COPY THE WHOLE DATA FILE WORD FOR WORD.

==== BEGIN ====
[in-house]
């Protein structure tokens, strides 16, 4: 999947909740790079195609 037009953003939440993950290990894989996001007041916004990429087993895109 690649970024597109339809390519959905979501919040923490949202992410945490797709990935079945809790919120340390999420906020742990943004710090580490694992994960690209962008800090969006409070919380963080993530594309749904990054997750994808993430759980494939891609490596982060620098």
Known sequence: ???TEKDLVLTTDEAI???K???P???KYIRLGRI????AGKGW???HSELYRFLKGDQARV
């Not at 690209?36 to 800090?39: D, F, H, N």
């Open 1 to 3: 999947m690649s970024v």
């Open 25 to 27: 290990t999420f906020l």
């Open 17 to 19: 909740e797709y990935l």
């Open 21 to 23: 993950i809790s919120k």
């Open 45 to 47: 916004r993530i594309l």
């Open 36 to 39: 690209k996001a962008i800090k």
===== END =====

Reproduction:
[in-house]
């Protein structure tokens, strides 16, 4: 999947909740790079195609 037009953003939440993950290990894989996001007041916004990429087993895109 690649970024597109339809390519959905979501919040923490949202992410945490797709990935079945809790919120340390999420906020742990943004710090580490694992994960690209962008800090969006409070919380963080993530594309749904990054997750994808993430759980494939891609490596982060620098």
Known sequence: ???TEKDLVLTTDEAI???K???P???KYIRLGRI????AGKGW???HSELYRFLKGDQARV
């Not at 690209?36 to 800090?39: D, F, H, N």
């Open 1 to 3: 999947m690649s970024v």
């Open 25 to 27: 290990t999420f906020l």
């Open 17 to 19: 909740e797709y990935l």
């Open 21 to 23: 993950i809790s919120k």
């Open 45 to 47: 916004r993530i594309l």
């Open 36 to 39: 690209k996001a962008i800090k």